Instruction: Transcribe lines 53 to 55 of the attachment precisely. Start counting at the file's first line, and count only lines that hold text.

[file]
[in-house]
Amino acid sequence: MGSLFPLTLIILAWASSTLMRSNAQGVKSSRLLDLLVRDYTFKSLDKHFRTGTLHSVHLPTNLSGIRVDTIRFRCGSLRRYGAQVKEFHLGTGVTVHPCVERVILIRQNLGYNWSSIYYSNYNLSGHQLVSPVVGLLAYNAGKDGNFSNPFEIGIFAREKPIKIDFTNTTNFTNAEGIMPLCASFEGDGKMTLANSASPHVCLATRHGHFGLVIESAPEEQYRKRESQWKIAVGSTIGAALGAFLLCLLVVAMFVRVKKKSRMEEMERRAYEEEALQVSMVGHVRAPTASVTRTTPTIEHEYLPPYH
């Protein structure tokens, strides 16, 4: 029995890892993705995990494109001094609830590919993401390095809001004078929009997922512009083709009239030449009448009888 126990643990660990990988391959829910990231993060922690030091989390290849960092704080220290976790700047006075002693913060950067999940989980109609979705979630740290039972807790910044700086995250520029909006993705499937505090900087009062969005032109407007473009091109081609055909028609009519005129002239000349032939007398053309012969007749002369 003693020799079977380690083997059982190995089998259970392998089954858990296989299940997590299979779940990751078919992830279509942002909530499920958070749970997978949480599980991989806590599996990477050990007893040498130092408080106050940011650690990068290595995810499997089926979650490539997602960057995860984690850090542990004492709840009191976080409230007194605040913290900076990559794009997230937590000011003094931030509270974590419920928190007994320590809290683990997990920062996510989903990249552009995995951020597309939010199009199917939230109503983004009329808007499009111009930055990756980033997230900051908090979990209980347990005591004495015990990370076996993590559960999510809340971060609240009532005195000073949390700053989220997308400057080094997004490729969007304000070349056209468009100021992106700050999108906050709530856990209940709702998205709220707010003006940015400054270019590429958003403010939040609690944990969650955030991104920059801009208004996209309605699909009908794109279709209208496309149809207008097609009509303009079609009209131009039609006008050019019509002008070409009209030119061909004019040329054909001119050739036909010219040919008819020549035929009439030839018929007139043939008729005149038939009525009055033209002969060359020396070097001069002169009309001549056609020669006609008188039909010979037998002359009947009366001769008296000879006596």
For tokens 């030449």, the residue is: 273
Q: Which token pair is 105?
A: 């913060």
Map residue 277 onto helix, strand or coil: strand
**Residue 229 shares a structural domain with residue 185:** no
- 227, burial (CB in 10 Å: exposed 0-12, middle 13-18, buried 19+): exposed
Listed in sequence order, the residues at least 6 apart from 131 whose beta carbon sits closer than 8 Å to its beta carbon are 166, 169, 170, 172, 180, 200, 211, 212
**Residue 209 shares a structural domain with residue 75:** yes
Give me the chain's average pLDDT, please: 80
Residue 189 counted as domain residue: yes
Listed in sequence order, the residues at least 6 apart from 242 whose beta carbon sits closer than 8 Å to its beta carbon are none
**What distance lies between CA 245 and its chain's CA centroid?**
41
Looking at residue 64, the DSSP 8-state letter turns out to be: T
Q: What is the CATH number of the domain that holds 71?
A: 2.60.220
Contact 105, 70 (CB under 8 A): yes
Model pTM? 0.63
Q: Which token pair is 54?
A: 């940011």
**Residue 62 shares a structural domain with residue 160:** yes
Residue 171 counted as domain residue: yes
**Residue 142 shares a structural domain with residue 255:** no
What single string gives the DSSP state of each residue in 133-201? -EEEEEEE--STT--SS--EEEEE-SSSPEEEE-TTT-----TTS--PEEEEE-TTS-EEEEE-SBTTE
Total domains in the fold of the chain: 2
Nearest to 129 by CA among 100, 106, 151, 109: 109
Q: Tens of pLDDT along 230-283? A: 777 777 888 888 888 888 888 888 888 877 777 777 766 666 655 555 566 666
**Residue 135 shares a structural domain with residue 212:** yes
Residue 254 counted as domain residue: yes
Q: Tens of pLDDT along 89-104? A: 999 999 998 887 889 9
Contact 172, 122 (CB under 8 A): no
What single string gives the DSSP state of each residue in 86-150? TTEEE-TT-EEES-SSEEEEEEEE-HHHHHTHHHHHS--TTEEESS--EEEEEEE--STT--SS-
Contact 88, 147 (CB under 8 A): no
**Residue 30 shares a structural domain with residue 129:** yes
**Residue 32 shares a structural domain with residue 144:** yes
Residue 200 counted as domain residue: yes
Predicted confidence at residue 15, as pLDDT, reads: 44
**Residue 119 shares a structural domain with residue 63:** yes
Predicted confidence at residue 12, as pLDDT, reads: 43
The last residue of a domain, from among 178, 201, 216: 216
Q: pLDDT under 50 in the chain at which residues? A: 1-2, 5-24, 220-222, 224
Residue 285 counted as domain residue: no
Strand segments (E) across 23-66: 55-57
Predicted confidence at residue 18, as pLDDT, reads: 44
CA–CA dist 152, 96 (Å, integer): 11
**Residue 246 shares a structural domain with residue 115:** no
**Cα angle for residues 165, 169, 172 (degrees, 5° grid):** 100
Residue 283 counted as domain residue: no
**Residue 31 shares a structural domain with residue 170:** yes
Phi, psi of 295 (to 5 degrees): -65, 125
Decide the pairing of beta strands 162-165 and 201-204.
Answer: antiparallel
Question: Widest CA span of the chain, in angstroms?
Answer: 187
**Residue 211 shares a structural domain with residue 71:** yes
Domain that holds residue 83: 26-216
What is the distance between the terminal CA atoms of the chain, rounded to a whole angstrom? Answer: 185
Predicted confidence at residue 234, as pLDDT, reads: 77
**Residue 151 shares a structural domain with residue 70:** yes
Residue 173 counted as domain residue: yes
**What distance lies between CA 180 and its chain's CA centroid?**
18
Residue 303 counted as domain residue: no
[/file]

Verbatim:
Phi, psi of 295 (to 5 degrees): -65, 125
Decide the pairing of beta strands 162-165 and 201-204.
Answer: antiparallel